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Is Roku (NASDAQ:ROKU) A Risky Investment?

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Howard Marks put it nicely when he said that, rather than worrying about share price volatility, 'The possibility of permanent loss is the risk I worry about... and every practical investor I know worries about.' When we think about how risky a company is, we always like to look at its use of debt, since debt overload can lead to ruin. As with many other companies Roku, Inc. (NASDAQ:ROKU) makes use of debt. But is this debt a concern to shareholders?

When Is Debt Dangerous?

Debt and other liabilities become risky for a business when it cannot easily fulfill those obligations, either with free cash flow or by raising capital at an attractive price. Ultimately, if the company can't fulfill its legal obligations to repay debt, shareholders could walk away with nothing. However, a more frequent (but still costly) occurrence is where a company must issue shares at bargain-basement prices, permanently diluting shareholders, just to shore up its balance sheet. By replacing dilution, though, debt can be an extremely good tool for businesses that need capital to invest in growth at high rates of return. The first thing to do when considering how much debt a business uses is to look at its cash and debt together.

View our latest analysis for Roku

How Much Debt Does Roku Carry?

As you can see below, Roku had US$89.9m of debt at December 2021, down from US$94.7m a year prior. But it also has US$2.15b in cash to offset that, meaning it has US$2.06b net cash.

debt-equity-history-analysis
debt-equity-history-analysis

How Strong Is Roku's Balance Sheet?

Zooming in on the latest balance sheet data, we can see that Roku had liabilities of US$729.6m due within 12 months and liabilities of US$585.9m due beyond that. On the other hand, it had cash of US$2.15b and US$799.3m worth of receivables due within a year. So it actually has US$1.63b more liquid assets than total liabilities.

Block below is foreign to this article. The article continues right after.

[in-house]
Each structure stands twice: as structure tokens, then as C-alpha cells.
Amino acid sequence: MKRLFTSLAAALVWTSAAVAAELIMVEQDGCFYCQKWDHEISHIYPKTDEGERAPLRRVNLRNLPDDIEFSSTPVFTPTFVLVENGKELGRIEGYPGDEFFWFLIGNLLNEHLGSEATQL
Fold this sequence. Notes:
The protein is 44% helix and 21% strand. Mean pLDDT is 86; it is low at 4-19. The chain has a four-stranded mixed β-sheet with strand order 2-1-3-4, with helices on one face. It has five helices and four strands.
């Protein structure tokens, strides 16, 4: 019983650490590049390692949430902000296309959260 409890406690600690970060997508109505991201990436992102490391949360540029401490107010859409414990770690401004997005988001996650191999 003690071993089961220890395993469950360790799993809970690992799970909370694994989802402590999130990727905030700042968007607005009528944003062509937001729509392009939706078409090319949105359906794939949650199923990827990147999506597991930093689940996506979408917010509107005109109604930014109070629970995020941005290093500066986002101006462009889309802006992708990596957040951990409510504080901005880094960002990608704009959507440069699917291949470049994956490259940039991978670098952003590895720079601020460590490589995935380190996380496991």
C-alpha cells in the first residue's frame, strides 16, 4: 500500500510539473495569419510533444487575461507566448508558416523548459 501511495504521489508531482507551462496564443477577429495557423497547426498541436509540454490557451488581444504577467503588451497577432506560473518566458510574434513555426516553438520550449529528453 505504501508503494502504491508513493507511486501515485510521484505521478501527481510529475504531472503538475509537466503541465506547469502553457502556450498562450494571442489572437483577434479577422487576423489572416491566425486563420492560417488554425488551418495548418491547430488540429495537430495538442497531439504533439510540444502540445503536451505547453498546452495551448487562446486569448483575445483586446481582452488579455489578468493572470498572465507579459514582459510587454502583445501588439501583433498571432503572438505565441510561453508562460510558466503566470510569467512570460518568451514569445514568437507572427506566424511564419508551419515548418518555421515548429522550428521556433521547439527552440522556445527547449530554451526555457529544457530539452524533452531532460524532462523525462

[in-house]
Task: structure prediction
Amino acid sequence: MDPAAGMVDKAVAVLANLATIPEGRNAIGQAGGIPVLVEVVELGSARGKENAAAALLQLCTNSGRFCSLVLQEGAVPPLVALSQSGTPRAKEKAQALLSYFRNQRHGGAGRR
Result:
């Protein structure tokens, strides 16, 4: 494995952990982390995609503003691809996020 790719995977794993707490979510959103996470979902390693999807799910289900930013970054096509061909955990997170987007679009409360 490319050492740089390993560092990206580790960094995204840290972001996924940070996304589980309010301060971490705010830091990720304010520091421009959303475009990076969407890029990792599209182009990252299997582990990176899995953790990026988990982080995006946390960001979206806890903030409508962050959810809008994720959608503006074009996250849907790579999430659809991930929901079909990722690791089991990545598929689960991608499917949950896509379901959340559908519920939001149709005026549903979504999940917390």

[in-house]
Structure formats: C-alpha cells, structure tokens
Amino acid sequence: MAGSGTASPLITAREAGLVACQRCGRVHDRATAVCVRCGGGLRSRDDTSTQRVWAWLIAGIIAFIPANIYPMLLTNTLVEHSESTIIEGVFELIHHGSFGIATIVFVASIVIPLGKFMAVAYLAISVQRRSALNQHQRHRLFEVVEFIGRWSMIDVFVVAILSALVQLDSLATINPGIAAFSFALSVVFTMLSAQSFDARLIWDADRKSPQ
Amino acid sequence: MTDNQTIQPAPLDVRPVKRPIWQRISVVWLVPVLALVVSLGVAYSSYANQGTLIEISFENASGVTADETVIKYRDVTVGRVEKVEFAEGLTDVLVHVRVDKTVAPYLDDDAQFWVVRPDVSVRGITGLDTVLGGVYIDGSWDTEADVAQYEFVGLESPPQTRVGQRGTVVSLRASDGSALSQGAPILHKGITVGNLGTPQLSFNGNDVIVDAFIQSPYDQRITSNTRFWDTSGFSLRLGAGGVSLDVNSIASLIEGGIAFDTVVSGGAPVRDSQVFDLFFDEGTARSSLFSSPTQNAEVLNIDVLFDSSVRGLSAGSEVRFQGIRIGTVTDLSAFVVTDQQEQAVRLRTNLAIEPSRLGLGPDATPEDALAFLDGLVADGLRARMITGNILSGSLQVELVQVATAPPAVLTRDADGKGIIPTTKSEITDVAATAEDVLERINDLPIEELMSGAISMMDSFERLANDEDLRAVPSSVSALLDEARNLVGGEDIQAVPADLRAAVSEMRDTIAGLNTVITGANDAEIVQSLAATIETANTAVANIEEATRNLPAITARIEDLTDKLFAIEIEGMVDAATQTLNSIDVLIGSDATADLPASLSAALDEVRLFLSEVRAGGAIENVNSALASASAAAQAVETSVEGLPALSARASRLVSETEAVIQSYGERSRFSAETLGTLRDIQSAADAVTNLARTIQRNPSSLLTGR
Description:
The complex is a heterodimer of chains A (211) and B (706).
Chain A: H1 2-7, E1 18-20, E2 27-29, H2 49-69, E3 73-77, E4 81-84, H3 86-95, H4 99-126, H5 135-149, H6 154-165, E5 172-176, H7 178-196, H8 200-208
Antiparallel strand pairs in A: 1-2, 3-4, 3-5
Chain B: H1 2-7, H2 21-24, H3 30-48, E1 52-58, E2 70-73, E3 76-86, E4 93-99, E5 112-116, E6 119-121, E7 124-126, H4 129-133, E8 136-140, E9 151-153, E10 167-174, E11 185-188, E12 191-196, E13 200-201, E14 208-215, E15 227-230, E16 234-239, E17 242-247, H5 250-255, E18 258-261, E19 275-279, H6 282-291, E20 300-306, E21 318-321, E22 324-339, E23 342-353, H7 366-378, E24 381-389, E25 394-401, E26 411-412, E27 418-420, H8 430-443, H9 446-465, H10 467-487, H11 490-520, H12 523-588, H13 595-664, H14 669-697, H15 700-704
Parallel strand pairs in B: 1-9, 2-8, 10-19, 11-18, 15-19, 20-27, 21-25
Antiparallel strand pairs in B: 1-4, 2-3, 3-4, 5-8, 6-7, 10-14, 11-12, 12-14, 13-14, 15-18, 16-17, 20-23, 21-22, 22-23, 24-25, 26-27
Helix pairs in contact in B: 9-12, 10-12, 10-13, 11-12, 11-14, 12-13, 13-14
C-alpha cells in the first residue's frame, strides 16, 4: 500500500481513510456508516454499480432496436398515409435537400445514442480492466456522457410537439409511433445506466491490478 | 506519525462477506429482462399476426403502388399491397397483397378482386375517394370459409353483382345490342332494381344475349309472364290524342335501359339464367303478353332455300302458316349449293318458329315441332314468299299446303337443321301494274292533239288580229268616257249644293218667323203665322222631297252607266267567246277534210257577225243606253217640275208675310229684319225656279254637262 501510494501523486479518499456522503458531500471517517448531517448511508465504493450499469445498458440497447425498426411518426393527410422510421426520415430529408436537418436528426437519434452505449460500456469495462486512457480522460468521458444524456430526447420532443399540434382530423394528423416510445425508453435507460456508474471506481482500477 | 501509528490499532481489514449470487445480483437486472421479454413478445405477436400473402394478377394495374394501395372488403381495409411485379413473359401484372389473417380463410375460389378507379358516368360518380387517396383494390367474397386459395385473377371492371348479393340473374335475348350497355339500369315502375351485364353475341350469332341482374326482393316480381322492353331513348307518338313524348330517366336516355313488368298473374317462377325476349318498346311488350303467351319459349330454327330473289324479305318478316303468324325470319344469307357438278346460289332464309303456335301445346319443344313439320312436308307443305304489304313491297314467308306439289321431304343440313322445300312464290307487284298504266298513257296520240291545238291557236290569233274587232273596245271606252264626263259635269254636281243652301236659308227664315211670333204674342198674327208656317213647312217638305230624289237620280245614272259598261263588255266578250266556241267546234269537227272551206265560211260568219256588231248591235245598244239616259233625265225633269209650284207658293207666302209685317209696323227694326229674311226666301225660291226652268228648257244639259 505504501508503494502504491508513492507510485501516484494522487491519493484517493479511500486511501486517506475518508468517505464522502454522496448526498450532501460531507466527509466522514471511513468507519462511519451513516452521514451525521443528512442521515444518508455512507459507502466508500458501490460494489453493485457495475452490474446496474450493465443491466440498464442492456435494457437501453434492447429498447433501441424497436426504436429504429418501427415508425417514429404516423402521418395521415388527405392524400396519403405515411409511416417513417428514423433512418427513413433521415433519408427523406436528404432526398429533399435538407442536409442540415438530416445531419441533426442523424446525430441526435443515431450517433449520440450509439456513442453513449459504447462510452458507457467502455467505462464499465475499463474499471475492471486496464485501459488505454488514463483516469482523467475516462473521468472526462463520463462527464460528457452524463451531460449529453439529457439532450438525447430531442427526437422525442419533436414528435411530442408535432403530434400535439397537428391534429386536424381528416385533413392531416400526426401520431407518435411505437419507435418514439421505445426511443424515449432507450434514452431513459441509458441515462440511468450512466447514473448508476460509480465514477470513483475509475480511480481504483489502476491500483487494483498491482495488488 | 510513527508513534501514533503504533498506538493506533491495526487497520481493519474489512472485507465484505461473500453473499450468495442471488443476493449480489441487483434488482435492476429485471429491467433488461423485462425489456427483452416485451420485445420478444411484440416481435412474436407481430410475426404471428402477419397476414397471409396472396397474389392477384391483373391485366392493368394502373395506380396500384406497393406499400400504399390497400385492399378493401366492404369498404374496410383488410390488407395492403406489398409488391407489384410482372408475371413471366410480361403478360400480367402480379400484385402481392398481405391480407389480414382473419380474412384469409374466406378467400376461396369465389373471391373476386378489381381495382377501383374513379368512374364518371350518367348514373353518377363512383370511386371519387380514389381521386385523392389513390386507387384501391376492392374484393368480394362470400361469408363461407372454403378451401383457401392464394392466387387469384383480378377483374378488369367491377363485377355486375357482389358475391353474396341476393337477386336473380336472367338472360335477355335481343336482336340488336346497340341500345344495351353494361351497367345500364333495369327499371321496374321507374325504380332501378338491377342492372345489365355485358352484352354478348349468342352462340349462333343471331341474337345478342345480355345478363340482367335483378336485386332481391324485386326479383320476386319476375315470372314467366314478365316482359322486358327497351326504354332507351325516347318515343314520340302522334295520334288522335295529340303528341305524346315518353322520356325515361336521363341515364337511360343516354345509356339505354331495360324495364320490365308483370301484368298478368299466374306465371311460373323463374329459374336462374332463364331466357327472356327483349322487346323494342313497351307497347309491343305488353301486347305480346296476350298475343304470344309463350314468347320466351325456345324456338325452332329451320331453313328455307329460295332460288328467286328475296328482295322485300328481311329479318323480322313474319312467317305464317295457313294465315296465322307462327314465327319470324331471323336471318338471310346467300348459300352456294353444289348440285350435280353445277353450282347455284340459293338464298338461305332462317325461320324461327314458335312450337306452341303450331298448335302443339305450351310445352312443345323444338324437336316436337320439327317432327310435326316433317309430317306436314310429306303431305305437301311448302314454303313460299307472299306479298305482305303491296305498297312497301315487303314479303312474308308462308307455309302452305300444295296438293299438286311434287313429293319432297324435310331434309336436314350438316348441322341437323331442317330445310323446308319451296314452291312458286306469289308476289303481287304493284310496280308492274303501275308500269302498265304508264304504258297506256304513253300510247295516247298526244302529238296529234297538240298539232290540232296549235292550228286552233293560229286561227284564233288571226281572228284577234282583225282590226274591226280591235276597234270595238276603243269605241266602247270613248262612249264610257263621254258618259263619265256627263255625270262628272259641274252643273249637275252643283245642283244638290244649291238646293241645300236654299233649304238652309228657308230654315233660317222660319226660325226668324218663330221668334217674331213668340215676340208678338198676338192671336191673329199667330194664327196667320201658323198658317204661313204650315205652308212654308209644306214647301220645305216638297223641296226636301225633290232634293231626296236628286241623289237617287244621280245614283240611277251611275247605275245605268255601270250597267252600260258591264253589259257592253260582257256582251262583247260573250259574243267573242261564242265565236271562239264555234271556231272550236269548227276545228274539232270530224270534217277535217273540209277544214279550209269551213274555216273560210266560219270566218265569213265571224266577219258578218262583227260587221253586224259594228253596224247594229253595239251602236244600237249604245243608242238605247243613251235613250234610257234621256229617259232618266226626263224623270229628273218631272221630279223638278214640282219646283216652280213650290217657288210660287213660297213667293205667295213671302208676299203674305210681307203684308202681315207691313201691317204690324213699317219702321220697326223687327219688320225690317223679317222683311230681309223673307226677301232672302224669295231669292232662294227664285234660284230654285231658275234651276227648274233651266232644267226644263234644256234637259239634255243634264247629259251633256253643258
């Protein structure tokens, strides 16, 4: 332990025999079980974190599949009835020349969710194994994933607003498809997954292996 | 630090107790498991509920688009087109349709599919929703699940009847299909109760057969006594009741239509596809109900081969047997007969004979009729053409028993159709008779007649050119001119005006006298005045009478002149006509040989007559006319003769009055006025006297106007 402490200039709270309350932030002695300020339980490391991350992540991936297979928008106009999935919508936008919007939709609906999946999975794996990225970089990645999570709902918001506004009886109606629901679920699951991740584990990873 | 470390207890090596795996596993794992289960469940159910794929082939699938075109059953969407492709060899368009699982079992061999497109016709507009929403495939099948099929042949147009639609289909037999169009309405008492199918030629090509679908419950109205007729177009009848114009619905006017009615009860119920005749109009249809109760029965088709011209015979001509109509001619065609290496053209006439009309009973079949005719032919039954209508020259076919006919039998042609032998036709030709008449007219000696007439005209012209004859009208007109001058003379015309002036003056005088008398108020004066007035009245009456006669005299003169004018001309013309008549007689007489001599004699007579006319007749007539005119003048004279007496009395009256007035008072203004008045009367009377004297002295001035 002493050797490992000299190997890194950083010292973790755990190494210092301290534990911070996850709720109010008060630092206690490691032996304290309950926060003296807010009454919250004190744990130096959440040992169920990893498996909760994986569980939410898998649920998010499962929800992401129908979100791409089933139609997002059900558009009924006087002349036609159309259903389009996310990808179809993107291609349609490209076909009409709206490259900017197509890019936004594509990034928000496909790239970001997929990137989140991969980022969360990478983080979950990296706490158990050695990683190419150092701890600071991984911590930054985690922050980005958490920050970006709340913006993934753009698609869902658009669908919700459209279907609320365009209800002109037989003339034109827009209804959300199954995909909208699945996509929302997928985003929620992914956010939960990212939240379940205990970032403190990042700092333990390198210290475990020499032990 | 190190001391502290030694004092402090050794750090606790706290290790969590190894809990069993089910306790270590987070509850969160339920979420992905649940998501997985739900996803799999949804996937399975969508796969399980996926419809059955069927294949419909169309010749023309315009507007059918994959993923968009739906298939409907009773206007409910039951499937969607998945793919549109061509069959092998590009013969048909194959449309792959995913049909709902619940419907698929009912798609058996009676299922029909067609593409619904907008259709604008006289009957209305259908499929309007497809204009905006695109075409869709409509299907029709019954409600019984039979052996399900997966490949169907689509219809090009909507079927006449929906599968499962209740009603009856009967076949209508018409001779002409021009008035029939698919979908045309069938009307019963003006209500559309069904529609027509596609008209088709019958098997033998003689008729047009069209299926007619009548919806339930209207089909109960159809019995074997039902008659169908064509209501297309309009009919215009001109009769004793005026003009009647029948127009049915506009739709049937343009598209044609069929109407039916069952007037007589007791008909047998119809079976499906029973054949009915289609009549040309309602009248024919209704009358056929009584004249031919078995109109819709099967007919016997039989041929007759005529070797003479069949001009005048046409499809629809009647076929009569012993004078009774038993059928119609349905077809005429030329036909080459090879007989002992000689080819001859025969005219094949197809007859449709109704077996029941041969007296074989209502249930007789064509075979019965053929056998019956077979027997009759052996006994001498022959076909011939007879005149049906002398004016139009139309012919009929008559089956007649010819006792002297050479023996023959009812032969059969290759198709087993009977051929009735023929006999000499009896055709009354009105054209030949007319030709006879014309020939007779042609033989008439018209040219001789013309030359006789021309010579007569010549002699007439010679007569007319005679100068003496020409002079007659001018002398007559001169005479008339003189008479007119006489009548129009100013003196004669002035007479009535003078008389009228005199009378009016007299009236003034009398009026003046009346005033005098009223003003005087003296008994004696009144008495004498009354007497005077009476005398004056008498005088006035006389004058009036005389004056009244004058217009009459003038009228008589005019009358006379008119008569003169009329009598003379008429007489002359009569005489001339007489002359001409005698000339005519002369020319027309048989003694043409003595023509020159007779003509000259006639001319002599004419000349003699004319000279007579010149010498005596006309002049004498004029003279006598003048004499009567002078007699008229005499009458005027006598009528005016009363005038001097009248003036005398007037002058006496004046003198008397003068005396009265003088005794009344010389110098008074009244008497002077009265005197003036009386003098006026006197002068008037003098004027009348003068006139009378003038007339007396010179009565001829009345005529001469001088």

This short term liquidity is a sign that Roku could probably pay off its debt with ease, as its balance sheet is far from stretched. Simply put, the fact that Roku has more cash than debt is arguably a good indication that it can manage its debt safely.

Although Roku made a loss at the EBIT level, last year, it was also good to see that it generated US$241m in EBIT over the last twelve months. There's no doubt that we learn most about debt from the balance sheet. But ultimately the future profitability of the business will decide if Roku can strengthen its balance sheet over time. So if you want to see what the professionals think, you might find this free report on analyst profit forecasts to be interesting.

Finally, a business needs free cash flow to pay off debt; accounting profits just don't cut it. While Roku has net cash on its balance sheet, it's still worth taking a look at its ability to convert earnings before interest and tax (EBIT) to free cash flow, to help us understand how quickly it is building (or eroding) that cash balance. During the last year, Roku produced sturdy free cash flow equating to 78% of its EBIT, about what we'd expect. This free cash flow puts the company in a good position to pay down debt, when appropriate.

Summing up

While it is always sensible to investigate a company's debt, in this case Roku has US$2.06b in net cash and a decent-looking balance sheet. The cherry on top was that in converted 78% of that EBIT to free cash flow, bringing in US$188m. So we don't think Roku's use of debt is risky. When analysing debt levels, the balance sheet is the obvious place to start. However, not all investment risk resides within the balance sheet - far from it. These risks can be hard to spot. Every company has them, and we've spotted 2 warning signs for Roku you should know about.

If you're interested in investing in businesses that can grow profits without the burden of debt, then check out this free list of growing businesses that have net cash on the balance sheet.

Have feedback on this article? Concerned about the content? Get in touch with us directly. Alternatively, email editorial-team (at) simplywallst.com.

This article by Simply Wall St is general in nature. We provide commentary based on historical data and analyst forecasts only using an unbiased methodology and our articles are not intended to be financial advice. It does not constitute a recommendation to buy or sell any stock, and does not take account of your objectives, or your financial situation. We aim to bring you long-term focused analysis driven by fundamental data. Note that our analysis may not factor in the latest price-sensitive company announcements or qualitative material. Simply Wall St has no position in any stocks mentioned.